After a false start, success - and some unexpected positive feedback

I can finally say with confidence that we’re having success with the pump now. Still making adjustments to the basal overnight (we keep getting morning lows) but it does seem to be working well now that we got those defective reservoirs out of the picture.

I had an interesting encounter this morning. Mom, the boys and I all went to a restaurant for breakfast, and as I always do, I asked the waitress to bring Eric exactly 1 cup of milk, specifying that I wanted it measured. She gave me that “what are you, some sort of wacko?” look that prompts me to explain that Eric has diabetes so I need to keep careful track of what he eats, and upon hearing that she expressed surprise that one so little should have diabetes. I never miss a chance to broaden horizons so I explained that more and more children are being diagnosed younger and younger, and that I’d heard of children even younger than Eric being diagnosed, too.

Just after the waitress left, a man in a booth nearby leaned over and said he’d heard what I had told the waitress, and wanted to know how it was I’d figured out that Eric had diabetes. I explained to him about the symptoms and gave an on-the-spot tutorial about Type 1 diabetes. They were fascinated by the insulin pump. Not long after, as the man was leaving with his wife and kids, he turned back and said, “It’s amazing to me that a parent can do what you’re doing. Keep up the good work.” I’m not sure why it was so touching coming from this total stranger–the sincerity in his face, maybe–but I almost cried.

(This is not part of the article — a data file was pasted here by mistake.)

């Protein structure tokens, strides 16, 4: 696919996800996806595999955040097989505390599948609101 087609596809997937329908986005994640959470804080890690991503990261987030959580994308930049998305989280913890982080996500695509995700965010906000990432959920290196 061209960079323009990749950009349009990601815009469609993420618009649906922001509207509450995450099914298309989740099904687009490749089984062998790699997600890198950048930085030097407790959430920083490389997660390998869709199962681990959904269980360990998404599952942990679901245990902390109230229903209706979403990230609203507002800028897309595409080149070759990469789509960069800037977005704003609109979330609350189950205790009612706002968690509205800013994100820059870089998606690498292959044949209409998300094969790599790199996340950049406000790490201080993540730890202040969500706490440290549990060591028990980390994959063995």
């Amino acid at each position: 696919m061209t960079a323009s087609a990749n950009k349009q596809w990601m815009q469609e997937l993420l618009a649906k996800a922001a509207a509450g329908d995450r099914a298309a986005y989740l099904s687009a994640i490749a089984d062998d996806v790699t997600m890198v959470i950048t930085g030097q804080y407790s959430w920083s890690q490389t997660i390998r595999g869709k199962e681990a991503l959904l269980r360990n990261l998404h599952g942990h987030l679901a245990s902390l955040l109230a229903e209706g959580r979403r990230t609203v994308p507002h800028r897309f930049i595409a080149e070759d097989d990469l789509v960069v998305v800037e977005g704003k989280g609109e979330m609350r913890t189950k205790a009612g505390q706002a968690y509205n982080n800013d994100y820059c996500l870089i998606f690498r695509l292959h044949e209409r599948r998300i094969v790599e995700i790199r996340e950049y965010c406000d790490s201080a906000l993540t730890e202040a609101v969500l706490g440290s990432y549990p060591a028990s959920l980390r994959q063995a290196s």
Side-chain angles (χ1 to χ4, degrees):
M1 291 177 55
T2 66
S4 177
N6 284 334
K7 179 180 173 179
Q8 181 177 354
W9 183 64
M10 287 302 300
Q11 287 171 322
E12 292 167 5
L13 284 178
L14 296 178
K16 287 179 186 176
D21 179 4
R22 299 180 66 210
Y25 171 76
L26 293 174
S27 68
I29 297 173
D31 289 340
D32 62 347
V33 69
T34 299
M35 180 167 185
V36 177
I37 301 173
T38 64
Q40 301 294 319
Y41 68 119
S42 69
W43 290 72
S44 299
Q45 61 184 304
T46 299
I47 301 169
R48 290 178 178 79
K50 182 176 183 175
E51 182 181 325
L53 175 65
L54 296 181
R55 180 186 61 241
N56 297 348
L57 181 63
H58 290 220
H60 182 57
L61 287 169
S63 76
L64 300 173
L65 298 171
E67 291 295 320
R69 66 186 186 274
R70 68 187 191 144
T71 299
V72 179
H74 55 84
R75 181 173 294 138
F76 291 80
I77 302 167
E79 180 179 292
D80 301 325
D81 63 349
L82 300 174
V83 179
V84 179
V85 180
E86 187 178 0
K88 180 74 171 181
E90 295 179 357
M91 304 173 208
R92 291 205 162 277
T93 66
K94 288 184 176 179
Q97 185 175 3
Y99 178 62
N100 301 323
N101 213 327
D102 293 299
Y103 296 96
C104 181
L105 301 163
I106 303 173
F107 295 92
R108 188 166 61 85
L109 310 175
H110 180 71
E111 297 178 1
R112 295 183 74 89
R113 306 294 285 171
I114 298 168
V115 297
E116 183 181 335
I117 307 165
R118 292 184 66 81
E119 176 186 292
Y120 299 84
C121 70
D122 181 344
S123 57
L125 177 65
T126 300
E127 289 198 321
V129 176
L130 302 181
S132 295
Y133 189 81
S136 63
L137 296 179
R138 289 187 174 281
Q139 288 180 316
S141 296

Man, but it’s been a tough 11 months! And yet it’s so much easier now than it was those first two weeks. I do know that I couldn’t do it without everyone on this site!

Its good to be able to talk to people that know the life that you live. Our routines and habits are sometimes looked as weird from people on the outside or who dont understand what requirements we need to make a good day. I know it must be harder when its a child since its harder for them to express what they are going through. It is good to meet a stranger that makes us feel good about what we do. Have a good day and take care. This is an uplifting story you told.

great story, Elizabeth. I remember when you joined TuDiabetes. Some things do get easier, and I’m sure Eric is able to do more things for himself as he grows up, too. I’m so proud of you for taking the time to talk to the people about diabetes. That is what we’re all about here! I recently had the chance to meet Manny Hernandez and his family in San Francisco. Although I’ve had diabetes 42 years, I feel the same way: I don’t know if I could do it without Manny and my friends here.

I couldn’t agree with the “stranger” more. You are amazing and an inspiration!